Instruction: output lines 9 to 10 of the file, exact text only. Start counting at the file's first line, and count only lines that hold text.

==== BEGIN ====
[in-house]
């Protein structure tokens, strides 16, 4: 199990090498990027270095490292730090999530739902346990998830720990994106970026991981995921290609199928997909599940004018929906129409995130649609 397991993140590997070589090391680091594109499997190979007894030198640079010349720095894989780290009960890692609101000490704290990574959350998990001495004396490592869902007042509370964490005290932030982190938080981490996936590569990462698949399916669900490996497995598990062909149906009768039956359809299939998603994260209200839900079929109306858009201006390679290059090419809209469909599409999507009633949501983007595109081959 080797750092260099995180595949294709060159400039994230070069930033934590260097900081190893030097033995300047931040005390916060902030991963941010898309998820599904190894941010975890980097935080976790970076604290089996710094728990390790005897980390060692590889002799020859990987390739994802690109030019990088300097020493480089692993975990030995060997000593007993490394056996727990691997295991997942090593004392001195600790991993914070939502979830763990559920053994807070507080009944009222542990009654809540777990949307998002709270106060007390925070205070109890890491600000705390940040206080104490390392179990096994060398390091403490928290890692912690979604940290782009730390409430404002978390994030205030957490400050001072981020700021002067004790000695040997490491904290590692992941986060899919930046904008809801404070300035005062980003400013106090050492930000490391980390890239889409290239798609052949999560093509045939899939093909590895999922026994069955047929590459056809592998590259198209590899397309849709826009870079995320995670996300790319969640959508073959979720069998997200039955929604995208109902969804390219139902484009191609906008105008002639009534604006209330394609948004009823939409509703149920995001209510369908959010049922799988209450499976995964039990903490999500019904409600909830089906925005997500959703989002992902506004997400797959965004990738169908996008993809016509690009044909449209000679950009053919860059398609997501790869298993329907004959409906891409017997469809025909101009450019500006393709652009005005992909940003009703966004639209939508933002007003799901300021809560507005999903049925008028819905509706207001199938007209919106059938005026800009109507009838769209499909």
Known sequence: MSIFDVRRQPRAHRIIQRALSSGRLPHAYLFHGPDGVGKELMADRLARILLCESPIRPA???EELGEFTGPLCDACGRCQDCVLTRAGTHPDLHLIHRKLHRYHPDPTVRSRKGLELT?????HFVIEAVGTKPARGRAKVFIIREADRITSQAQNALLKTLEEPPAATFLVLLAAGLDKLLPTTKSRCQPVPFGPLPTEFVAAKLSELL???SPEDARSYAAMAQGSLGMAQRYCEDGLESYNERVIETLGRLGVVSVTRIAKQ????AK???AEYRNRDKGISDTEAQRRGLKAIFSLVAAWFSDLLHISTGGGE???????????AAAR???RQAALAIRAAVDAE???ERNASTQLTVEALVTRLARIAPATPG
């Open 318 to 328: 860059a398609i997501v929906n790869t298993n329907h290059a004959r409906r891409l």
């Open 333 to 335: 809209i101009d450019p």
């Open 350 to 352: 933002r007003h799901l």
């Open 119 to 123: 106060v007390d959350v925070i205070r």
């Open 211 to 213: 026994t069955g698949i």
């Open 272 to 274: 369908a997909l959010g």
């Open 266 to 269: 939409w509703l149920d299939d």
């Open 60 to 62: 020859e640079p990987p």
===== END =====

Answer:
């Open 272 to 274: 369908a997909l959010g």
């Open 266 to 269: 939409w509703l149920d299939d």